Tag s | Get Published

When Your Proposal Doesn’t Sell

It happens. Despite all efforts and good intentions, not every proposal we shop will end up being contracted by a major publisher. Of course, our agency tries our best to keep that from happening. We carefully choose which projects and authors we represent. We work with our clients to create and develop top-notch proposals. And our success rate is extremely high.

But that success rate is not 100%.

Here are four examples of projects I represented in years past that did not sell to a major publisher (but great projects nonetheless):

  1. The autobiography of a well-known, former NFL coach who became a follower of Christ late in life. In his later years, he devoted considerable time to prison ministry. The story gave deep background into his time in the NFL.
  2. An extraordinary graphic novel series. It was ahead of its time, but no publisher was willing to take the obvious risk to produce and distribute the project. The author-artist later found his own backing and formed a company to create the material. They found a nontraditional distributor and ended up selling more than 250,000 units.
  3. An already self-published book on the importance of character in a person’s life, what it is and how to cultivate it. The author was a judge and Chief Justice of the Supreme Court in his state. His credentials were impeccable. He was media-ready and spoke regularly on the topic.
  4. A supernatural fiction manuscript that caught my eye for its great story line and wonderful storytelling. The combination of being a debut author and having a thinly veiled science-fiction thread caused it to be rejected by everyone. The author shelved it and wrote another novel, which didn’t sell. The author shelved that one and began writing nonfiction where the author has become quite successful.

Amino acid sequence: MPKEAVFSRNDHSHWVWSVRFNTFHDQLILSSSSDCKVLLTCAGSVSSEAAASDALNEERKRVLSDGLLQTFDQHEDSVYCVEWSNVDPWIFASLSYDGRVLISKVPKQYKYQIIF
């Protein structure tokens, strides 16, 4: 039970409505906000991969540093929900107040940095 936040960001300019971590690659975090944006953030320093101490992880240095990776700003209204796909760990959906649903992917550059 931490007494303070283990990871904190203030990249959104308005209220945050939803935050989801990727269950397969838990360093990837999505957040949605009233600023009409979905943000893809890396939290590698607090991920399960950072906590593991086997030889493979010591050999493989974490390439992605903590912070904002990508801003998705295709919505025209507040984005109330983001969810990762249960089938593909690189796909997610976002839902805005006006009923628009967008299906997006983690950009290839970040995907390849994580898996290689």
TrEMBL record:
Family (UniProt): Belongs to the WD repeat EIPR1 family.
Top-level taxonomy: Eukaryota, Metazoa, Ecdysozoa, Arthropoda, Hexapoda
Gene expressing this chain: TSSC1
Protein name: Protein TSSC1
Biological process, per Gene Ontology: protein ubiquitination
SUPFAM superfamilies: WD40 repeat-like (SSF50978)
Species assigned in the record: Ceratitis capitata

So what do you do if your project doesn’t capture a major publisher’s attention?

Try Again
See the fourth example above where the author did not give up, even switched to a different discipline entirely and found the perfect outlet for his talent. This is the most-common solution for professional writers. Tears of frustration may be shed, but they step back and come up with a new idea.

There’s more to this story! After developing a following as a nonfiction writer and a platform, I sold that original novel to a publisher nine years after the original attempt. Then seven years after that the author was able to publish yet another novel.

Do It Yourself
Let me reiterate that self-publishing is always an option if (a) you have an audience to which to sell the book, (b) you have the gumption to be an entrepreneur and sell your project successfully, and (c) you have the money to invest in making it an excellent final product. The first example above is what this author did. He was well loved in his community, even did local TV commercials, and thus had a ready-made market for his story. (He passed away a couple of years after publishing his book, but it remains in print to this day.) This is a perfect example of where self-publishing makes a lot of sense.

Find Another Way–Anything Is Possible
The second example above illustrates this strategy. The author did not take no for an answer and ended up with a company behind his work.